With the U.S. Senate moving quickly towards a vote on the repeal and replacement of the Affordable Care Act, politicians are facing questions about how the legislation would affect their constituents. Recent estimates from the nonpartisan Congressional Budget Office indicate that 22 million Americans would lose health insurance under the Senate’s Better Care Reconciliation Act. But what does this mean for Louisiana? According to official state statistics, expert projections, and our own survey of adults in the state, it means a great deal: health care for nearly half a million Louisianans is at stake.

In January 2016, Gov. John Bel Edwards signed an executive order expanding the state’s Medicaid program under the ACA, making most low-income adults eligible for the program for the first time. The majority of those eligible are in working families with jobs that do not provide affordable insurance

Official state statistics show that, in the expansion’s first year, nearly 430,000 newly eligible Louisianans enrolled in Medicaid and gained access to needed medical care. More than 96,000 have received preventive care, including 14,000 screened for breast cancer, 10,000 screened for colon cancer, and 2,500 diagnosed and treated for diabetes.

Meanwhile, in research conducted at the Harvard School of Public Health, we have studied how Medicaid expansion is affecting adults compared to those in other Southern states. In late 2016, we surveyed nearly 3000 low-income adults in Louisiana, Arkansas, Kentucky and Texas. Kentucky and Arkansas expanded coverage under the ACA in January 2014, while Texas has not expanded.

Our survey shows significant benefits from Louisiana’s Medicaid expansion. Between 2013 (before the ACA was implemented) and 2016, the uninsured rate among low-income adults in Louisiana dropped by more than half, from 42 percent to 15 percent. Meanwhile, in neighboring Texas, the change was much smaller — from 39 percent in 2013 to 28 percent in 2016. Louisianans are also more likely to report having a personal doctor and having had an office visit in the last year, compared to their counterparts in Texas.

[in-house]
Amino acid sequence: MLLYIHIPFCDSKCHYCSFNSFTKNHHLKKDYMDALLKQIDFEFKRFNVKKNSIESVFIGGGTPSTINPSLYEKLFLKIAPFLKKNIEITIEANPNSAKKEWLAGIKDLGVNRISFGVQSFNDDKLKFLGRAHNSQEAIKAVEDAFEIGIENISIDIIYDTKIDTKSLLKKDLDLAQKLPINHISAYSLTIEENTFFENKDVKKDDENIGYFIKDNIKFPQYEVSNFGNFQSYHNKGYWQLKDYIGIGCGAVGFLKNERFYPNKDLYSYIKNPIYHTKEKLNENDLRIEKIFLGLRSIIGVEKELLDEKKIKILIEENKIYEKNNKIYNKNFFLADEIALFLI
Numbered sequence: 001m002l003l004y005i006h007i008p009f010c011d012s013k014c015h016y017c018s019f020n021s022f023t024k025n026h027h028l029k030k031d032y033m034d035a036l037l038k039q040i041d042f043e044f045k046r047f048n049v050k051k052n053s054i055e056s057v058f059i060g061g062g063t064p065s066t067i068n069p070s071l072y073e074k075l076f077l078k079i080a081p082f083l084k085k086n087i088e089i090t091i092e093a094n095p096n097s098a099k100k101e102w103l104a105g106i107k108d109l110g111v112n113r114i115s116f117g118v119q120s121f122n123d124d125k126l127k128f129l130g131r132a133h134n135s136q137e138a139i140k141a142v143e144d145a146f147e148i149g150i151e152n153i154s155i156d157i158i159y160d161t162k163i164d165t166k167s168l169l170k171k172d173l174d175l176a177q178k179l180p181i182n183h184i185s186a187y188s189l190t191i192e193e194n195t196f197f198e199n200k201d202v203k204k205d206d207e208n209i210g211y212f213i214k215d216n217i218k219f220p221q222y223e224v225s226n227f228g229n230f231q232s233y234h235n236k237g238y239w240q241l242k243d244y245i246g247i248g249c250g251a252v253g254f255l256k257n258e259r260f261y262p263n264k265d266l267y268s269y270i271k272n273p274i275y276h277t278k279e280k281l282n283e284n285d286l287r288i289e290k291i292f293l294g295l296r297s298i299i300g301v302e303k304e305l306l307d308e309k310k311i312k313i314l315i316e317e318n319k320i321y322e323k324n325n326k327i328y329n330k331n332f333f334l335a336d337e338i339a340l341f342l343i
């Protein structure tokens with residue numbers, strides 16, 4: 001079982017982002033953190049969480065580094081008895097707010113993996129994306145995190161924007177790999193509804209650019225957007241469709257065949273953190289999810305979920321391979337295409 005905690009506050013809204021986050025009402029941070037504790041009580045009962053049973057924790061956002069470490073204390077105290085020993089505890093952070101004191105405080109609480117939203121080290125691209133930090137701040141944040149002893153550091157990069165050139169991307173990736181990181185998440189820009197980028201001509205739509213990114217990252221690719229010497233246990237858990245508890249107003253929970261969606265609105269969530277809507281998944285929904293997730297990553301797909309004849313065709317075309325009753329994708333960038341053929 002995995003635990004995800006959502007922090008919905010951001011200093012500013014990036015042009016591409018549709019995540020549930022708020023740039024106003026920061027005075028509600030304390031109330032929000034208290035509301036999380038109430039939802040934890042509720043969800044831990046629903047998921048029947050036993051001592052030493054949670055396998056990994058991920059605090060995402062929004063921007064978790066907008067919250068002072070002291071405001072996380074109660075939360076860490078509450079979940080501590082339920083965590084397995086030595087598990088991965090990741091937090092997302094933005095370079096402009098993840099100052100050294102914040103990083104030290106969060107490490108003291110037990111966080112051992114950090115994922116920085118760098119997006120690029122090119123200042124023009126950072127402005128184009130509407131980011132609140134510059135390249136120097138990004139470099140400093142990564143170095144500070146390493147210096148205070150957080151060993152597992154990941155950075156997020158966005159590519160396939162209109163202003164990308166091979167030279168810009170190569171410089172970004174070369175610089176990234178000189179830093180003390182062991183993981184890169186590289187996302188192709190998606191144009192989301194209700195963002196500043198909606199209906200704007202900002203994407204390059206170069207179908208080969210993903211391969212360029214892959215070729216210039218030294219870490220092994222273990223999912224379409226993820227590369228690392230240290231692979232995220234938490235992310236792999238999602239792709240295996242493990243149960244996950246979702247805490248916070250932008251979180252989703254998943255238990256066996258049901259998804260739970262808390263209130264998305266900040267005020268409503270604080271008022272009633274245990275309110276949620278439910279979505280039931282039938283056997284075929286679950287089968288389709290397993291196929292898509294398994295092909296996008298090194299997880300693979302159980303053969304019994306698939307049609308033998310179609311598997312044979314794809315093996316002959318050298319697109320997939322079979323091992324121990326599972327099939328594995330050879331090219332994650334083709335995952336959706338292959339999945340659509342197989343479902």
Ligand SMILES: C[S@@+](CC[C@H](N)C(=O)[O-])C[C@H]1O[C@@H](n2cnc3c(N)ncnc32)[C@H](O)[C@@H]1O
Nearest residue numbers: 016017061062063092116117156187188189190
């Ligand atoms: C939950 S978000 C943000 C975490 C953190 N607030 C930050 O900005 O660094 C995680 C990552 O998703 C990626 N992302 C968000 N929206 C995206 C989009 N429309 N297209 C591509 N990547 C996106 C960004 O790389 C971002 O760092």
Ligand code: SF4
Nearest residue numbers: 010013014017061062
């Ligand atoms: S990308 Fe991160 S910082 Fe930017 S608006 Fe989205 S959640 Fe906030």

Other research we have done shows that these interactions with the health care system through Medicaid expansion have major benefits over time, including chronic disease management and improved health status. Additionally, research has shown that Medicaid expansions may help people live longer by reducing the risk of death from conditions like diabetes, cancer, and heart disease.

Our survey also showed that positive attitudes toward the ACA were much higher in Louisiana, compared to Texas. Public opinion polls show similar national trends. As more Americans have experienced the benefits of the ACA and Medicaid expansion, the law’s approval ratings have improved.

Nonetheless, both the House and Senate have proposed bills to repeal and replace the ACA. Both bills would phase out the federal funding that makes Medicaid expansion possible in states like Louisiana. The bills would also make additional deep cuts to Medicaid over time, likely reducing Louisiana’s ability to provide Medicaid to children, disabled adults, and older people in nursing homes.

A key question in the debate is how Republican senators from Medicaid expansion states, such as Louisiana’s Bill Cassidy and John Kennedy, will vote. One recent analysis of the Senate bill concluded that it would result in a $2.68 billion decline in federal funding to the state by 2022 and 410,000 Louisianans losing health insurance coverage. In other words, the Senate bill would endanger access to health care for thousands of Louisiana’s working class families, leave many of the state’s hospitals in financial turmoil, and cost the state budget billions of dollars.

As evidence piles up from numerous studies on the benefits of health insurance, the nation as a whole and Louisiana in particular stand at a critical moment. Will members of Congress eliminate coverage for millions of Americans and for nearly half a million Louisianans, or will they instead pursue bipartisan and meaningful reforms to improve the ACA? Louisiana’s elected officials will play a critical role in that decision, and the time to make that decision is drawing near.

Carrie Fry is a doctoral student in health policy at Harvard University, and Benjamin Sommers is an Associate Professor of Health Policy and Economics at the Harvard T.H. Chan School of Public Health and a primary care physician at Brigham & Women’s Hospital in Boston.